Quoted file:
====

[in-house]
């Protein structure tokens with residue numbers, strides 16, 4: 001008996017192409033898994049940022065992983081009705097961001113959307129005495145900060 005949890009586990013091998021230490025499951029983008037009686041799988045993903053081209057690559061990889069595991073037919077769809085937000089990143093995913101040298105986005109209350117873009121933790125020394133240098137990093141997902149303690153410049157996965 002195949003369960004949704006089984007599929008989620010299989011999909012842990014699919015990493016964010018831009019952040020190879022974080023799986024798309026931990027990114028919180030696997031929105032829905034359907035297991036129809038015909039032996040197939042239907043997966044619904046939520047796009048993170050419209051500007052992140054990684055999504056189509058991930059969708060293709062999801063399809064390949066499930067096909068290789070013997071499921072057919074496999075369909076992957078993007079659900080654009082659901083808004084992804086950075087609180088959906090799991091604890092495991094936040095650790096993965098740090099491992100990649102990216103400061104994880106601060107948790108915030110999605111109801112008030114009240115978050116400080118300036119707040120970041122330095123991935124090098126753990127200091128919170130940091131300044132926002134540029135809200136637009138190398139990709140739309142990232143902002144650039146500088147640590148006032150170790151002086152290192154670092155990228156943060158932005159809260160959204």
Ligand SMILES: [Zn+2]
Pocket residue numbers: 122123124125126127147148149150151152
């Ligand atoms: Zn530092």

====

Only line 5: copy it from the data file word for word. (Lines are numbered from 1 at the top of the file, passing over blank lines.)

């Ligand atoms: Zn530092």